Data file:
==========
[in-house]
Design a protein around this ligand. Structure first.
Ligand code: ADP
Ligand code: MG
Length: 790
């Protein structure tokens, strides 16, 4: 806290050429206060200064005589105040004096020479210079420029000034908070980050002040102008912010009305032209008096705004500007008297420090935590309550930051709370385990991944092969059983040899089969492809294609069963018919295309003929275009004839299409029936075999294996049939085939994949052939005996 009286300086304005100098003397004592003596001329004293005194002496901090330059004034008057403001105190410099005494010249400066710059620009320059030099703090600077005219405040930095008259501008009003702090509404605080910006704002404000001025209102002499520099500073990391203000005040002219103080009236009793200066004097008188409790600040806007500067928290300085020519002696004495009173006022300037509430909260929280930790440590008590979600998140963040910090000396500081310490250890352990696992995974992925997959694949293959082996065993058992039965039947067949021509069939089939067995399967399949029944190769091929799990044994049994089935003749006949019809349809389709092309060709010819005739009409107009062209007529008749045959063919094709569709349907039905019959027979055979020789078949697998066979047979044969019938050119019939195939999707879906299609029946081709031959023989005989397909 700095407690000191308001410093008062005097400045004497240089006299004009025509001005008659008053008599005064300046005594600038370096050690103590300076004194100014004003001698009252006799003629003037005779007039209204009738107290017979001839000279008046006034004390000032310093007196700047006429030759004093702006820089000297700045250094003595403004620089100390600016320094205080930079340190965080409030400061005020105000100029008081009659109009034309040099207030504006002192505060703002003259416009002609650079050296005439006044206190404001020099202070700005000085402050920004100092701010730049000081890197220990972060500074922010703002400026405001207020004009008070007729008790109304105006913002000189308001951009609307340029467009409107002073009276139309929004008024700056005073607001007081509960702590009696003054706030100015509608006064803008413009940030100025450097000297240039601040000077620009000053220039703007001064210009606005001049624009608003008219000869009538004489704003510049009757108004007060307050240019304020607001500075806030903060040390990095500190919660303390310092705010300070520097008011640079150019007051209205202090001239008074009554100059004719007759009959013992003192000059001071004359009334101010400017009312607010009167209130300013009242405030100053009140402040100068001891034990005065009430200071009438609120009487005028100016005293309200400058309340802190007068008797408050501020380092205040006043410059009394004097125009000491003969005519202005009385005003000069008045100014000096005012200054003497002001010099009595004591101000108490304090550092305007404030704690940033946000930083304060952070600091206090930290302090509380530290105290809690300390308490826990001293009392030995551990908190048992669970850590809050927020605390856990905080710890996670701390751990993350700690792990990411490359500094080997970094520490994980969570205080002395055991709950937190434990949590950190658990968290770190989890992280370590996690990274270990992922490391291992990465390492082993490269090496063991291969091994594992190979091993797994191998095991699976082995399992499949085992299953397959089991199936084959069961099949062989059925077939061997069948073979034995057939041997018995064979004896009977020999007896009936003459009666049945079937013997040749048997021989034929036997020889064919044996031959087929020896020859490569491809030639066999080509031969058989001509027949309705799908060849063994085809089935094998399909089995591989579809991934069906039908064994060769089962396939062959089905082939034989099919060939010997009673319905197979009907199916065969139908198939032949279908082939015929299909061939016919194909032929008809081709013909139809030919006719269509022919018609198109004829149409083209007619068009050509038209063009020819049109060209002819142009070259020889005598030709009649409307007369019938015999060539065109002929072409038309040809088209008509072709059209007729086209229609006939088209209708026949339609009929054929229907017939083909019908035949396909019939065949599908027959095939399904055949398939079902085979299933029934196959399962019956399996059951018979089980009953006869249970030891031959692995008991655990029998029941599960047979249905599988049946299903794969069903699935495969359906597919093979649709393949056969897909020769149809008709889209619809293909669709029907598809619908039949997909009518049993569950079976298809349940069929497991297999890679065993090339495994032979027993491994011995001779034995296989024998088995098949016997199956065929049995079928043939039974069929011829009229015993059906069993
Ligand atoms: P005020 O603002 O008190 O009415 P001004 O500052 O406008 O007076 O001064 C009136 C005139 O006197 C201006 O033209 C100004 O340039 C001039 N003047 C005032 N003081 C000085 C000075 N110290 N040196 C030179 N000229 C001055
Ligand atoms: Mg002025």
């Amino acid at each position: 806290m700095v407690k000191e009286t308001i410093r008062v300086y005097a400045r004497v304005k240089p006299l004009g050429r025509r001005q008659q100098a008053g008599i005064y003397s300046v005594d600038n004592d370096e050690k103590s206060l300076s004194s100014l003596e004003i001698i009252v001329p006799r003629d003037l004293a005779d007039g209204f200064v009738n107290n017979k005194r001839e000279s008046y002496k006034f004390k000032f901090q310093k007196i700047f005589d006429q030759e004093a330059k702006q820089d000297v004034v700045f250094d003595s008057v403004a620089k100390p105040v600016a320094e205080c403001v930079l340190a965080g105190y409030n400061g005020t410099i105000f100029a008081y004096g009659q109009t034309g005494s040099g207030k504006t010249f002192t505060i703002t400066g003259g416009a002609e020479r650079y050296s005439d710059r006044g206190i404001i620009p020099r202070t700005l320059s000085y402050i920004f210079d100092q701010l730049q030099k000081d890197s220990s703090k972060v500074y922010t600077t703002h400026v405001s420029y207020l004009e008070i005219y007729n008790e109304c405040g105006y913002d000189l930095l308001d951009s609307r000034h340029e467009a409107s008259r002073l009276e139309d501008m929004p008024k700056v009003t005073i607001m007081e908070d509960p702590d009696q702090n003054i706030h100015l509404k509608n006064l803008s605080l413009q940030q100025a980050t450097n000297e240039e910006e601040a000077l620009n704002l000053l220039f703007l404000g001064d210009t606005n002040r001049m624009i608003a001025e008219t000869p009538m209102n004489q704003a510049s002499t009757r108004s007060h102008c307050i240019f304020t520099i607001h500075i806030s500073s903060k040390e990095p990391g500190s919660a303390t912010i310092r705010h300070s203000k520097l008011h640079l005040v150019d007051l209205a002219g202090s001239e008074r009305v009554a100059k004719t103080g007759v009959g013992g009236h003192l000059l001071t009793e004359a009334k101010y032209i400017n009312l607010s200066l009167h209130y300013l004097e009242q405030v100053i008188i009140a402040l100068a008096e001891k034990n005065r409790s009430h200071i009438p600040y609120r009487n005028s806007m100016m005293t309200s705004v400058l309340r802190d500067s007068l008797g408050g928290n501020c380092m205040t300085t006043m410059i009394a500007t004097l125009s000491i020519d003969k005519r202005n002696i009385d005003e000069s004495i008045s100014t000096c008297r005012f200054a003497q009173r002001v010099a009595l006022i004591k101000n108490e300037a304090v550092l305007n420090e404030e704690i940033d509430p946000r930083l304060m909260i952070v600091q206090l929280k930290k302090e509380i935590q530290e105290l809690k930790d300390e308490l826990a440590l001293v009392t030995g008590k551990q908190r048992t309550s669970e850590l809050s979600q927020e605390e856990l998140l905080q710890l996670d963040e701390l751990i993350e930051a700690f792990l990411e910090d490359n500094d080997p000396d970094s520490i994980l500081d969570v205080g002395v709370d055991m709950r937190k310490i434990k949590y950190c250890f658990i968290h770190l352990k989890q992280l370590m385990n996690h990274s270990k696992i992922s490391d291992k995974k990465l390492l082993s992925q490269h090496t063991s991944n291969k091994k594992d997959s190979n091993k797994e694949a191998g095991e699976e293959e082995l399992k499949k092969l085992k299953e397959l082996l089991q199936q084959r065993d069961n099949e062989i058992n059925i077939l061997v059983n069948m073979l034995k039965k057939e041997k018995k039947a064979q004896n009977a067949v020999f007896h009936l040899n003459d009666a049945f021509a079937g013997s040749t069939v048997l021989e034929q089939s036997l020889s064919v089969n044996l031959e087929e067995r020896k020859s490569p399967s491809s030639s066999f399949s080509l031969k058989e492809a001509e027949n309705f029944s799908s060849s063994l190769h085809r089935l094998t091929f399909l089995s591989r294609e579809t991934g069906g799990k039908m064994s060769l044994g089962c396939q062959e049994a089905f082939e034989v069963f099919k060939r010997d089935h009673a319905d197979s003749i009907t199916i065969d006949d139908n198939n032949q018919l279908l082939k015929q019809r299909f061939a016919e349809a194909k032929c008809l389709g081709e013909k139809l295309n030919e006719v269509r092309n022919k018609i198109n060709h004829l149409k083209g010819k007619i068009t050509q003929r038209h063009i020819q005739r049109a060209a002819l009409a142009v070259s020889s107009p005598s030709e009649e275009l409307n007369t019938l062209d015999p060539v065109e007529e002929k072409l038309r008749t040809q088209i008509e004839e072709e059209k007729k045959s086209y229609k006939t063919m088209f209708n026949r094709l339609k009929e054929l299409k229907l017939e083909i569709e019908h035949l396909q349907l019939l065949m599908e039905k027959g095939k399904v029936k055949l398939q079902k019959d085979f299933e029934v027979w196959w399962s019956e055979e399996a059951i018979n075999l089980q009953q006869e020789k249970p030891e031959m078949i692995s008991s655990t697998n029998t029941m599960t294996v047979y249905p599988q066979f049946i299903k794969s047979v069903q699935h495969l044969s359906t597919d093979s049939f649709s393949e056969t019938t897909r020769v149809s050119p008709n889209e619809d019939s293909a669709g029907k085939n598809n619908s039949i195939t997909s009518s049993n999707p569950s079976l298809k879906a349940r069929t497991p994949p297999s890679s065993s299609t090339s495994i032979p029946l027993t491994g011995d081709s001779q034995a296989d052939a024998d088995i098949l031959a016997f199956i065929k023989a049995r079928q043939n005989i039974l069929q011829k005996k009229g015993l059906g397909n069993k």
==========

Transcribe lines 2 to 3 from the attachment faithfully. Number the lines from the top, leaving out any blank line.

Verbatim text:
Design a protein around this ligand. Structure first.
Ligand code: ADP